Since the end of extensive sheep farming a century ago, the Cuttyhunk Island landscape has gradually lost its clipped appearance. Allie will describe the increasingly unmanageable variety of tangled shrubs and vines and discuss best planting practices for the future.
Learn whether any “invasives” are welcome; whether meadows are an option to mowing; and what happened to all the blackberries that we remember picking years ago? Share your experiences and bring questions: help us continue a community discussion about ways to remove and add plants for the future, including a turn to native species.
Following the event we'll post useful resources on the topic.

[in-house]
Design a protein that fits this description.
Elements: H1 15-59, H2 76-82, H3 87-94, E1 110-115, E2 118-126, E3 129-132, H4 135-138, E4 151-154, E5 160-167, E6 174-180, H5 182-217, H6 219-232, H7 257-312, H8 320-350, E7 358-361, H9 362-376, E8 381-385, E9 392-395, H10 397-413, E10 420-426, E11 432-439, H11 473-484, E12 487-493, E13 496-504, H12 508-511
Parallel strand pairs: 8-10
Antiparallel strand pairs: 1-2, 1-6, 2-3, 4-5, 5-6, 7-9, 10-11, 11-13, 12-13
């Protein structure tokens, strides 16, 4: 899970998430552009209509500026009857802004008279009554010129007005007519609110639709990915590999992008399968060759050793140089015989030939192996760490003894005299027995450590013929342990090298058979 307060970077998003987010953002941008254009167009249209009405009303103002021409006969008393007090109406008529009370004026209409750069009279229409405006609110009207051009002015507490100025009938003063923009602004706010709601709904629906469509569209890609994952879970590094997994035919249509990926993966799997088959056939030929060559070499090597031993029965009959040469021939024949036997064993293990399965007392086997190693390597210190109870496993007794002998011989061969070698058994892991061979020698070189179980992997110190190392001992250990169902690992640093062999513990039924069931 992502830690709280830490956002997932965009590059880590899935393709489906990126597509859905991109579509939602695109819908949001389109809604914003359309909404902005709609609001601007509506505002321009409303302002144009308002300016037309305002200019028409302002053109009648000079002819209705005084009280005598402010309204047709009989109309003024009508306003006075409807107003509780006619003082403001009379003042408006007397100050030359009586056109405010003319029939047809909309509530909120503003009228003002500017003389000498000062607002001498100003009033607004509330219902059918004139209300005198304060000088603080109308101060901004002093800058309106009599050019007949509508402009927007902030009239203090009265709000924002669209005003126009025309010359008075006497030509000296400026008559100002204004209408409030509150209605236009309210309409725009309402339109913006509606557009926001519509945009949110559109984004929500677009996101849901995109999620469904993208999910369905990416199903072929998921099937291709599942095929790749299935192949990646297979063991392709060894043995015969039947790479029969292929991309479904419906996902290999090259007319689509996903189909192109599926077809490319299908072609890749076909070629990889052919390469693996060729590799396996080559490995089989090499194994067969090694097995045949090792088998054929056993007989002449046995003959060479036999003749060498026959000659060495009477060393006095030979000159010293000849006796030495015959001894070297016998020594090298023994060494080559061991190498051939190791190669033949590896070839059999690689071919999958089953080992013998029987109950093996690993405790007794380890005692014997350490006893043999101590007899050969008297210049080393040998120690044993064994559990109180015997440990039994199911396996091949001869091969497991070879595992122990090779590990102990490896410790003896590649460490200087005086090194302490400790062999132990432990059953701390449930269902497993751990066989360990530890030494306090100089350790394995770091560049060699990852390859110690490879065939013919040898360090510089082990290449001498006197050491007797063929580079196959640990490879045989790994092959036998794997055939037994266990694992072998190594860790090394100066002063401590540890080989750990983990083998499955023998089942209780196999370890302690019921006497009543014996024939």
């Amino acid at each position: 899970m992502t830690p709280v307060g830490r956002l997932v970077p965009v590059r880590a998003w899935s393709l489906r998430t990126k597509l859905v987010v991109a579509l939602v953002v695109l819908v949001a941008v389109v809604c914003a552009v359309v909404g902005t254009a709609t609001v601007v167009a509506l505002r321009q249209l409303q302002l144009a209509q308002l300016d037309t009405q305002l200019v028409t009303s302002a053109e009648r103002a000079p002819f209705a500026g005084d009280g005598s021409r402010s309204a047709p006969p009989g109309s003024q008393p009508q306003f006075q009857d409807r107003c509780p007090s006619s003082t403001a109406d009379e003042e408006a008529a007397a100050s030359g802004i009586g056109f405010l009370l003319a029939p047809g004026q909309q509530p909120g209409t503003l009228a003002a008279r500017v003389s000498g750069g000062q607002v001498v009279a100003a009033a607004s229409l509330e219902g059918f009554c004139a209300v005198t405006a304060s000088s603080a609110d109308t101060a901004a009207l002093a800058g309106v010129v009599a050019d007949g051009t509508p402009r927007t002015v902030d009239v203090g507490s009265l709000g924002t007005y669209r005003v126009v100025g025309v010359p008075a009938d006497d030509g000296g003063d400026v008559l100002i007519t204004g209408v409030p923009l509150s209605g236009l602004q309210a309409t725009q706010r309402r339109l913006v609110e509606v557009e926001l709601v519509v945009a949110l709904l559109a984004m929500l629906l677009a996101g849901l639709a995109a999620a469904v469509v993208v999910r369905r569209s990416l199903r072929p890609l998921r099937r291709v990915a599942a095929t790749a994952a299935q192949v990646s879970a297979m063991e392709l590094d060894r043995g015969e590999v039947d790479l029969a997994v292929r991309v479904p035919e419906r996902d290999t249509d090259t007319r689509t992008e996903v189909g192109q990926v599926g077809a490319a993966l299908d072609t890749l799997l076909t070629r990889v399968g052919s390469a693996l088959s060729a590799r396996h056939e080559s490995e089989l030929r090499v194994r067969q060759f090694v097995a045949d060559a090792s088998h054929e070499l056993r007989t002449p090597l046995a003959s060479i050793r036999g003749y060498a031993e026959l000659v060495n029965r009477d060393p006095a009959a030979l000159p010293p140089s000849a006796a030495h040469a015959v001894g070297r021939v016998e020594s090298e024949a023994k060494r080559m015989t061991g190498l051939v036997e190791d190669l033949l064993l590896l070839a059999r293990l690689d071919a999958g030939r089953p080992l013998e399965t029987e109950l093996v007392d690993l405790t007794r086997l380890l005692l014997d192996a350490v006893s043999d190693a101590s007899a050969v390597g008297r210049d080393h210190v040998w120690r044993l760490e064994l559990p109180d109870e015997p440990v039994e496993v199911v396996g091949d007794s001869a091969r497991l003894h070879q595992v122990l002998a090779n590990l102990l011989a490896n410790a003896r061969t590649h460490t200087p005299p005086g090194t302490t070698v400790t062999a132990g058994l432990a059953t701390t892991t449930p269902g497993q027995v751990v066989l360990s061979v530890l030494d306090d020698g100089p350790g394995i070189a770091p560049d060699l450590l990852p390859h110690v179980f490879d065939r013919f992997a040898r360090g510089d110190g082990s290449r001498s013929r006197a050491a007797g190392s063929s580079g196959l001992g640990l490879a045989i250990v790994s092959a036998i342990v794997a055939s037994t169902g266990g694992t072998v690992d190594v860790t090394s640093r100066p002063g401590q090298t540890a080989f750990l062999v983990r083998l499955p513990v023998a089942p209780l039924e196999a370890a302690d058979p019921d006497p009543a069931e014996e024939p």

Special thanks to the Cuttyhunk Historical Society - Museum of the Elizabeth Islands for generous help with printing.
Allison "Allie" Thurston
Allie is a life-long collector and observer of natural history. She has led nature walks on Cuttyhunk for many years and workshops farther afield for groups including the Nature Conservancy and Audubon.
A longtime activist in environmental issues, she played a key role in the acquisition of the largest contiguous open space parcel in Fairfield County, Connecticut.
A much appreciated multi-tasking volunteer for the Cuttyhunk Historical Society, Allie has curated several exhibits for the Museum including “The Nature that Connects Us: the Natural History of the Elizabeth Islands.”
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